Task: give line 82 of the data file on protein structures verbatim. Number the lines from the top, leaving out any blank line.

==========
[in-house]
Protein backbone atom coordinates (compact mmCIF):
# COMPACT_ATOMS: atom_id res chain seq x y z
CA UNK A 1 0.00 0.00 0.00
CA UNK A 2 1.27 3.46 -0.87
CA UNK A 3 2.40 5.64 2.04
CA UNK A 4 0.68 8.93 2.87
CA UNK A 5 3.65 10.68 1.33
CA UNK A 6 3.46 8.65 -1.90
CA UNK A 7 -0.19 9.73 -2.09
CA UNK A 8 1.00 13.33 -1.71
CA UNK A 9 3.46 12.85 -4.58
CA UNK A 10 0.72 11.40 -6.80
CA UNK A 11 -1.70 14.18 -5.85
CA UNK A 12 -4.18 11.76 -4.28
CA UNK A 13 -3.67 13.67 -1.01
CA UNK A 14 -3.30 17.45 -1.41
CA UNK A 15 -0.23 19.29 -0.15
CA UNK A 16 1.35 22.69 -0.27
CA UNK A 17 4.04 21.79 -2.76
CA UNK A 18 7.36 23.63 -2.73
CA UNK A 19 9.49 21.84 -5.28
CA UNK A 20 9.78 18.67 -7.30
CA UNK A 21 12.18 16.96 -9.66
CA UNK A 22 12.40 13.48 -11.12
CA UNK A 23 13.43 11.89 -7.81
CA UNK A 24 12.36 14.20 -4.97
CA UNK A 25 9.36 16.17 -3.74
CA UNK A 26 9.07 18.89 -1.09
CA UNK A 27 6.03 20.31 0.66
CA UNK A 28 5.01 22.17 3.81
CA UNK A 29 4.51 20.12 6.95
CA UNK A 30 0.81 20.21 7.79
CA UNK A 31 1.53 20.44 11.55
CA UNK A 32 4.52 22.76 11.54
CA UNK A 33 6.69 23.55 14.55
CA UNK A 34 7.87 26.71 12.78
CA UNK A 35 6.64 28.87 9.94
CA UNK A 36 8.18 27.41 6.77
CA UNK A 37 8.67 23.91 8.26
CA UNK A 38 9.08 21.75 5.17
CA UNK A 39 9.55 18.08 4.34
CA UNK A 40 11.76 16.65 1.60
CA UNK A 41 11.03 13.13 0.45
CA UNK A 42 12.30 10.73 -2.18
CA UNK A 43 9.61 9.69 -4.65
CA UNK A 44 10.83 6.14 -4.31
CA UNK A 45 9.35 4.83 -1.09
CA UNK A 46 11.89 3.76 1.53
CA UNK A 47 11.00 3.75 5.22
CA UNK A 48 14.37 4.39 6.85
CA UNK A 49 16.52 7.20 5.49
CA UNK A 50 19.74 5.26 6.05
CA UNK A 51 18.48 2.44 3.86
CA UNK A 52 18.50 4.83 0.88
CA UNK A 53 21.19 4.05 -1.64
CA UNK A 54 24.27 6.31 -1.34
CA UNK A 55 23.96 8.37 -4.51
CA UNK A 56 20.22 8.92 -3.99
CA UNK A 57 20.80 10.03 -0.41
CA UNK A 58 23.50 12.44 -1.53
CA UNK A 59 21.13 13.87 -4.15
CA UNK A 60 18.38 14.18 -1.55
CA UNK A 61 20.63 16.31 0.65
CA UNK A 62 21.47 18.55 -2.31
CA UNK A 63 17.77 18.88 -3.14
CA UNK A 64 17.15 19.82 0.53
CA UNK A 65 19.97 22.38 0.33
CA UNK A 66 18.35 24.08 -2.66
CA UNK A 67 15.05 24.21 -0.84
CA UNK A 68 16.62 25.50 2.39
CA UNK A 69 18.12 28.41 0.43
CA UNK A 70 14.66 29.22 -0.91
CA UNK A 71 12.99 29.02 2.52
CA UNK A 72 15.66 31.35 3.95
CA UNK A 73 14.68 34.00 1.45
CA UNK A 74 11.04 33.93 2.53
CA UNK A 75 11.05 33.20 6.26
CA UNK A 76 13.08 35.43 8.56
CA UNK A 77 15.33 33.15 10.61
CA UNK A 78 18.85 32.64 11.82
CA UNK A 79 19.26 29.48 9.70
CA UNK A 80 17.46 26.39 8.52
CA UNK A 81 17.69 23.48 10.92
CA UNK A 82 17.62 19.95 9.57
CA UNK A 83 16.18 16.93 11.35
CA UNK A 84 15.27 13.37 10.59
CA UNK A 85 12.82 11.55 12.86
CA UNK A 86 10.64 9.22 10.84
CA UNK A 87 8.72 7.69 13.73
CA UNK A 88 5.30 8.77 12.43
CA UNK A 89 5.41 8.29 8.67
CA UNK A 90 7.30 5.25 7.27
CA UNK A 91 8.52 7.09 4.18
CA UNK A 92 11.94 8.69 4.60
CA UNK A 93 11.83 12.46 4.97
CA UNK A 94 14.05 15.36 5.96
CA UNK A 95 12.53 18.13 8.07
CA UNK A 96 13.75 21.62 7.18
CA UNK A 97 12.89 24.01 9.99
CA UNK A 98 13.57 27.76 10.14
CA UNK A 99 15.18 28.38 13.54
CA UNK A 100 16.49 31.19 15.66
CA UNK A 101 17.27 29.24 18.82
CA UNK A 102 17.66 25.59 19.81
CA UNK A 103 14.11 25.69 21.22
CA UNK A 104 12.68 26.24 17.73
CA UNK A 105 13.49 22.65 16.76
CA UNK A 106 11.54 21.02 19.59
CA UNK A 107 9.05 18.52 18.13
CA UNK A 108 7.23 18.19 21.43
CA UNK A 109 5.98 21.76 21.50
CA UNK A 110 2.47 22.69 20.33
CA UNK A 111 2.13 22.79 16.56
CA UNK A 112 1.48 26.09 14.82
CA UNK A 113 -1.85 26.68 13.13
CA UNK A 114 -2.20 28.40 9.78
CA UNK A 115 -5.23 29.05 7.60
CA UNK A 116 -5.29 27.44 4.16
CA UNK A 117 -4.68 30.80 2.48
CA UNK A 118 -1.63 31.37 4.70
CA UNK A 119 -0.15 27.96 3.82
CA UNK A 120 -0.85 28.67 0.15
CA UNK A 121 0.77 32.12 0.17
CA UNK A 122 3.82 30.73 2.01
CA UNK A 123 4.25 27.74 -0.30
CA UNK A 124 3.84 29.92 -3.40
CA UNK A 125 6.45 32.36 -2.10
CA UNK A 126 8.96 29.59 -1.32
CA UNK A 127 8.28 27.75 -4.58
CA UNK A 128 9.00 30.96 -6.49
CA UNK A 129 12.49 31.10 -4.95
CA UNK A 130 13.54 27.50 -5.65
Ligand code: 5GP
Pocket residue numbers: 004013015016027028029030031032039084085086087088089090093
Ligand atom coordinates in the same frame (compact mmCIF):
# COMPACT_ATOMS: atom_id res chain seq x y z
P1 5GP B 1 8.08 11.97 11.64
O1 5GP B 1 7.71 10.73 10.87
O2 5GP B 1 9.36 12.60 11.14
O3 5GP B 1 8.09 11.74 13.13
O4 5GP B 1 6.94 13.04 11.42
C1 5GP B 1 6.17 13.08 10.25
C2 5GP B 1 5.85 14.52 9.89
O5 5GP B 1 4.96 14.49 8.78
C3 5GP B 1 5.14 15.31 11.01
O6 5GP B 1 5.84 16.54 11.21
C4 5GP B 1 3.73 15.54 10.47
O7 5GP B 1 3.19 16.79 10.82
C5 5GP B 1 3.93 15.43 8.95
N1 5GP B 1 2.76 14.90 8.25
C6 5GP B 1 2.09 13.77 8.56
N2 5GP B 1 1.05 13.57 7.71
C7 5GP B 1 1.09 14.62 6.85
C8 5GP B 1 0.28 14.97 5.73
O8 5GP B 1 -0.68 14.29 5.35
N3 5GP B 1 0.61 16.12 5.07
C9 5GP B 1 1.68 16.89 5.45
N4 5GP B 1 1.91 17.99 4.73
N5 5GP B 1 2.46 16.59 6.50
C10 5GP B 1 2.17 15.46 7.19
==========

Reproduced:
CA UNK A 79 19.26 29.48 9.70